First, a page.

What is Construction Law?
Construction law includes a variety of different matters to include construction contracts, construction financing, construction management, construction disputes, licensing, bonds and insurance, construction defects, construction liens, land use and zoning, and government permits and inspections.
“A contractor has a standard form of construction contract. Is it necessary to have a lawyer review it?”
There is no such thing as a “standard form contract.” Every contract has been prepared to cover different purposes and they contain different provisions. It is important that you understand what is in the contract and what is not. A lawyer experienced in construction law can assist you in making sure your rights are protected.
“My construction contract is a firm price contract. My contractor has indicated that he will build my house for a set price of $250,000. Under those circumstances, is there any reason why I should have a lawyer review such a contract?”
It certainly would be important to have an attorney review any construction contract, even a firm price one. Firm price contracts oftentimes are not as firm as they might appear. It is important to be aware of what is included in the price and what is not included in the price. Normally, firm price contracts will contain allowances for various items. For instance, there may be an allowance of $20,000 for carpet or $25,000 for plumbing fixtures or lighting fixtures. It is important to know who the contractor came up with this pricing and verify that the type of carpet or fixtures are of the quality and standards that you expect to have in your new home. Likewise, there oftentimes are provisions in firm price contracts that call for the owner to supply finished fixtures or plumbing, lighting, appliances, etc., so in computing the overall cost for your new home (or remodel), it is important to realize that these are not included in the firm price and add them to the overall cost.
“How can I check on the work my contractor has done in the past?”
Contractors are licensed and regulated by the Oregon Construction Contractors Board (CCB). Their website is www.ccb.state.or.us. You can check on the status of a contractor’s license, bond and insurance at the CCB website. You can also see if he has had any complaints filed against him with the CCB.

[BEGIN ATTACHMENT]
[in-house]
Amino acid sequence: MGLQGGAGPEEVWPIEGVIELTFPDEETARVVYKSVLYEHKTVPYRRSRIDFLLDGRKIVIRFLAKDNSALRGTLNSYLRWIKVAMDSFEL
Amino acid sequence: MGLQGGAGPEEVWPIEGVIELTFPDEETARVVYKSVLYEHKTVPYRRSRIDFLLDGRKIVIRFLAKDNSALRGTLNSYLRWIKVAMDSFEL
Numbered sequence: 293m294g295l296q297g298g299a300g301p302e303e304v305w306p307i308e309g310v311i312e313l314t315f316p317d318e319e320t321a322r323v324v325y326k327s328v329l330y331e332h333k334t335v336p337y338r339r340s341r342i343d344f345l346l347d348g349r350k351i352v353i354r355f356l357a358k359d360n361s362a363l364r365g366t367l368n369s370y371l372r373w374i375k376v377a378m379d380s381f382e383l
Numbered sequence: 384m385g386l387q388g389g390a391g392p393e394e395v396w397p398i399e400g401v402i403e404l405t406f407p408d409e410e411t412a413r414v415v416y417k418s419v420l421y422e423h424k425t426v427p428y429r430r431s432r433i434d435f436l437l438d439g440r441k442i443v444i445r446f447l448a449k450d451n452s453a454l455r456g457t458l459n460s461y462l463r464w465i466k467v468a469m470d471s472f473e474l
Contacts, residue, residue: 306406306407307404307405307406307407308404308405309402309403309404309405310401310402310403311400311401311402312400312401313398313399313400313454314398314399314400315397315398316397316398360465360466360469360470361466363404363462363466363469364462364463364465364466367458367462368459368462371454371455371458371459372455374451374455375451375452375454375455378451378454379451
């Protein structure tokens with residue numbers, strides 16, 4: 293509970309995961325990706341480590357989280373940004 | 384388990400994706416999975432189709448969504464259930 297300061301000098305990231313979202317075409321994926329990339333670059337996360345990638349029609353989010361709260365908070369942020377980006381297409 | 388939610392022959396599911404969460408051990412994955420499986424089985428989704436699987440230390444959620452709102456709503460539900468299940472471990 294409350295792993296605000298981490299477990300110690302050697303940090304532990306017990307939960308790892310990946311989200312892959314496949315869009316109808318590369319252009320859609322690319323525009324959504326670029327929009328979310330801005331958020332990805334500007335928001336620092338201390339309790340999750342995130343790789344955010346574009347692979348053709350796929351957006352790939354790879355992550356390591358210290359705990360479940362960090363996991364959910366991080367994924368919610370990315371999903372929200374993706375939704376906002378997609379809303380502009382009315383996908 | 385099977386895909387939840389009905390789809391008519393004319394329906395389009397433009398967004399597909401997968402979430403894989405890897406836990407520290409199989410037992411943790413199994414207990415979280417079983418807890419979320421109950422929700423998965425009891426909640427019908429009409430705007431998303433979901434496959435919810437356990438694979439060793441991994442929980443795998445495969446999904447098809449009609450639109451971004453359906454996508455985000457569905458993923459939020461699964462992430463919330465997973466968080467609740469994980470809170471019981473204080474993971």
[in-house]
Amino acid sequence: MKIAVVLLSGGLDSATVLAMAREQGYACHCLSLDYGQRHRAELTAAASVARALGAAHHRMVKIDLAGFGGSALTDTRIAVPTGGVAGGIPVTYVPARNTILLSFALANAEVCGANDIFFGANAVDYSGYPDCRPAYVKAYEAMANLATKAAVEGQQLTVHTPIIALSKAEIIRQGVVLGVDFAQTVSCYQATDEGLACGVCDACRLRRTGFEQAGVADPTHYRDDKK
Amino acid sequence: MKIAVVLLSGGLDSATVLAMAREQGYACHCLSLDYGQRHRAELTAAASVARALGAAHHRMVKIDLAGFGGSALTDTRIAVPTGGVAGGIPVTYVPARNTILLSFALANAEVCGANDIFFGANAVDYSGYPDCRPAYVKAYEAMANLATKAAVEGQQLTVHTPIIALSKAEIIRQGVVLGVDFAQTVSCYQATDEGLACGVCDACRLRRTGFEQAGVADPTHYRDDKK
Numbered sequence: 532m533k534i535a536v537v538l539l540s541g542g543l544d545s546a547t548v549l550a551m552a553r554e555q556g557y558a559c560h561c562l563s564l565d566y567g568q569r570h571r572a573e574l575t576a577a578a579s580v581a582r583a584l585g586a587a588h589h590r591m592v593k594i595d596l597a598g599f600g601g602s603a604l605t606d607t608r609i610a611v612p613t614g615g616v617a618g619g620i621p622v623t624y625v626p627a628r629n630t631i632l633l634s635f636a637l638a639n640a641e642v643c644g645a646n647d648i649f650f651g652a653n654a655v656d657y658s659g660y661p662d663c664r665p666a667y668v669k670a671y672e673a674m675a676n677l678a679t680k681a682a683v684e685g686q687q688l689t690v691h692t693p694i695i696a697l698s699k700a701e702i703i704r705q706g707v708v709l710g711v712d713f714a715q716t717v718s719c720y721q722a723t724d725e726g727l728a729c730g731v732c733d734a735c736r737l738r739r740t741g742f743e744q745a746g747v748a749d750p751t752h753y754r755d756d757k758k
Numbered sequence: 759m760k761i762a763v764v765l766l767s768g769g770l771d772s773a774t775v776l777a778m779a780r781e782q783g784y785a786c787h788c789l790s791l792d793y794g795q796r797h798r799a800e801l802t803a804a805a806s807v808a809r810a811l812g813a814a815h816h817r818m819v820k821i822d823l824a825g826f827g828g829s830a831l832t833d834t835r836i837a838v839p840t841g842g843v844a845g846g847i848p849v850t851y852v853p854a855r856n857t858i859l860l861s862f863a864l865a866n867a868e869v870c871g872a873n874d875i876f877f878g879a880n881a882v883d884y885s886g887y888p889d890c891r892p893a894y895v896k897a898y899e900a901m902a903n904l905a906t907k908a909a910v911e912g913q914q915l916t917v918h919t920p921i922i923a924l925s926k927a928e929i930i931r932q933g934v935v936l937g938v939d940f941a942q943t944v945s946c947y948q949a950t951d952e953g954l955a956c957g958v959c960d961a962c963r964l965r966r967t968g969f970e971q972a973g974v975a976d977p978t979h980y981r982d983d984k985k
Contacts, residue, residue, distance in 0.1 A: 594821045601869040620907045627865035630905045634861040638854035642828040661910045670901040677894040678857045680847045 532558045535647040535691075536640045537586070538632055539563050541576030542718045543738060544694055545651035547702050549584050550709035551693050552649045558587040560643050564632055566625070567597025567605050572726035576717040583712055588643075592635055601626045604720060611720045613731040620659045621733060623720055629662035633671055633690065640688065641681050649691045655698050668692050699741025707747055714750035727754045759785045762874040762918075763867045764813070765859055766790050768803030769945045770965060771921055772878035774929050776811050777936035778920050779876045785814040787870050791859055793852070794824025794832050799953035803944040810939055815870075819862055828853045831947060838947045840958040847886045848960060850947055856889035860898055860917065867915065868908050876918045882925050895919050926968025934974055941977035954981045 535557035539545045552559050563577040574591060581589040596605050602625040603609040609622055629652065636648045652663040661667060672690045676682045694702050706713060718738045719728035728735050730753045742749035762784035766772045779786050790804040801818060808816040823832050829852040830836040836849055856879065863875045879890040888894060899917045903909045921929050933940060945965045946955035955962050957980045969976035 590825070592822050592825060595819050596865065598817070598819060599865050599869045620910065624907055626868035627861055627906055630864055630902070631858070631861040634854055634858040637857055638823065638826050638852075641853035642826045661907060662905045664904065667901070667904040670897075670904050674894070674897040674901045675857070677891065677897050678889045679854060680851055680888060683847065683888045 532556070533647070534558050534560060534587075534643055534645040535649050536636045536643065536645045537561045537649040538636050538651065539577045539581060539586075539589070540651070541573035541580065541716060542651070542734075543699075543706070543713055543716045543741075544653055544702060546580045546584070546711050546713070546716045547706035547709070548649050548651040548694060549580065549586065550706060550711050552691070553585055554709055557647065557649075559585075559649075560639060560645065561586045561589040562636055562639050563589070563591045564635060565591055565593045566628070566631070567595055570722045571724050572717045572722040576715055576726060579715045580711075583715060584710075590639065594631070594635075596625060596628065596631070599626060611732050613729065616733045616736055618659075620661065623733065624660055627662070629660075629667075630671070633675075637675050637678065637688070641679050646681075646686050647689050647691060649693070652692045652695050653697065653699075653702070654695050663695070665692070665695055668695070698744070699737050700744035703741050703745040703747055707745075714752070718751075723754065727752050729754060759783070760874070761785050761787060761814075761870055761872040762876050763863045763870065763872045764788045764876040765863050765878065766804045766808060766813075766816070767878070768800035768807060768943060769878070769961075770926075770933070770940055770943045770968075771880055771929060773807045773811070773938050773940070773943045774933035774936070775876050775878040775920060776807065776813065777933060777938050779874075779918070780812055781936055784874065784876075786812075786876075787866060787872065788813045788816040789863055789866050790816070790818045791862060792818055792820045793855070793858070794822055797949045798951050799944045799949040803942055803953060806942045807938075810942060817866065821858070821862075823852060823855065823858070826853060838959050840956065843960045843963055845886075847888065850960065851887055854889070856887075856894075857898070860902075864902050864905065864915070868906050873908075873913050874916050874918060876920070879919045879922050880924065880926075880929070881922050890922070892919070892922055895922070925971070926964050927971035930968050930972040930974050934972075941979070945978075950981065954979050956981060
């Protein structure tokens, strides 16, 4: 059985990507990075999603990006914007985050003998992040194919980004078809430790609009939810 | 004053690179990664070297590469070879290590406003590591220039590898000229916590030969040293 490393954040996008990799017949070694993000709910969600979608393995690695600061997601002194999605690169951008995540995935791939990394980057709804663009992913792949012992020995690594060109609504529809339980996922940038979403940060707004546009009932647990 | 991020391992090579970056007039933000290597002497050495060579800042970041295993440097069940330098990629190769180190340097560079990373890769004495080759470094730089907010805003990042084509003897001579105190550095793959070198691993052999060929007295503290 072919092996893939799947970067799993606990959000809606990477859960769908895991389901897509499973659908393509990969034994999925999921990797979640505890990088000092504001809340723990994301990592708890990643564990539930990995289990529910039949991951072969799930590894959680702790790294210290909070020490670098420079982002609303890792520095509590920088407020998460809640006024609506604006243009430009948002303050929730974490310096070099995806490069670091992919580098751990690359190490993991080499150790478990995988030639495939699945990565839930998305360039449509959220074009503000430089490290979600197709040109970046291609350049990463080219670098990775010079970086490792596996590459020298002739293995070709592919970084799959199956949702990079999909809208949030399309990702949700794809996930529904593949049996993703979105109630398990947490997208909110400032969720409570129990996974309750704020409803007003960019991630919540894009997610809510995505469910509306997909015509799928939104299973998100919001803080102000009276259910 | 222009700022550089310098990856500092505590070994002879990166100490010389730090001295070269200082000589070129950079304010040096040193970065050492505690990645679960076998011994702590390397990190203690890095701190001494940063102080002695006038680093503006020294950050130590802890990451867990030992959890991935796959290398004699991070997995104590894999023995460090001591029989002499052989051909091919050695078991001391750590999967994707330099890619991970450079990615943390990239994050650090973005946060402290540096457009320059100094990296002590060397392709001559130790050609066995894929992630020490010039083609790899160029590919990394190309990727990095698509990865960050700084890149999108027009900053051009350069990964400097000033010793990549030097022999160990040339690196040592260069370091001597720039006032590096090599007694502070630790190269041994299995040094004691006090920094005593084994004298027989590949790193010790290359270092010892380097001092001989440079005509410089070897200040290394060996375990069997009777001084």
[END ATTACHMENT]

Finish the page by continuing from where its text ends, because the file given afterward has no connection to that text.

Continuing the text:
Additionally, you should ask him for a list of references and go look at his work. Finally, you can generally check with the various city and county planning departments where he has done work to get copies of permits. This would provide you with information on work that he has done other than his references.
“I am in a dispute with my contractor who I believe has done a poor job and has breached the contract. How do I get him to pay for getting the job done correctly?”
The first thing you should do is to contact an attorney who is experienced in construction law. There are several avenues available to you but the first and most important would be to have an independent evaluation of the nature of the claimed defaults of the construction contract and the best way to address any potential damages you may have suffered. It is also going to be important to file a complaint with the Construction Contractors Board (CCB) in order to ensure that you will have access to the contractor’s bond as a way to recover some or all the damages you may have suffered. A lawyer familiar with construction law will also be able to advise you on the administrative remedies available to you through the CCB as well as the legal remedies available to you through the court system and assist you in making an informed decision about which would be the best way for you to proceed.
“I just learned that a construction lien has been filed against me by a subcontractor who claims that my contractor failed to pay him. What are my remedies?”
Hopefully, you’ve not paid your contractor all the money owed him under the terms of the contract. If you have not, you would want to check with him to see why the lien has been filed and why he has not paid the subcontractor. If he claims there is some dispute between him and the subcontractor, you will want to contact an attorney to assist you in resolving the dispute with your contractor as well as protecting you with regard to the lien that has been filed.
“Do I need a lawyer to assist me in managing a construction contract?”
No, generally, you do not need a lawyer to assist you in the management of a construction contract, however, consulting a lawyer before you’ve entered into a construction contract will provide you with information about the best way to manage the contract during its performance and alert you to various problem areas that frequently arise.
Authored by Warner E. Allen, Partner
Warren Allen LLP
DISCLAIMER: The information contained in this article is based on Oregon law and is subject to change. It should be used for general purposes only and should not be construed as specific legal advice by Warren Allen LLP, or its attorneys. Neither this website nor use of its information creates an attorney-client relationship. If you have specific legal questions, consult with your own attorney or call us for an appointment.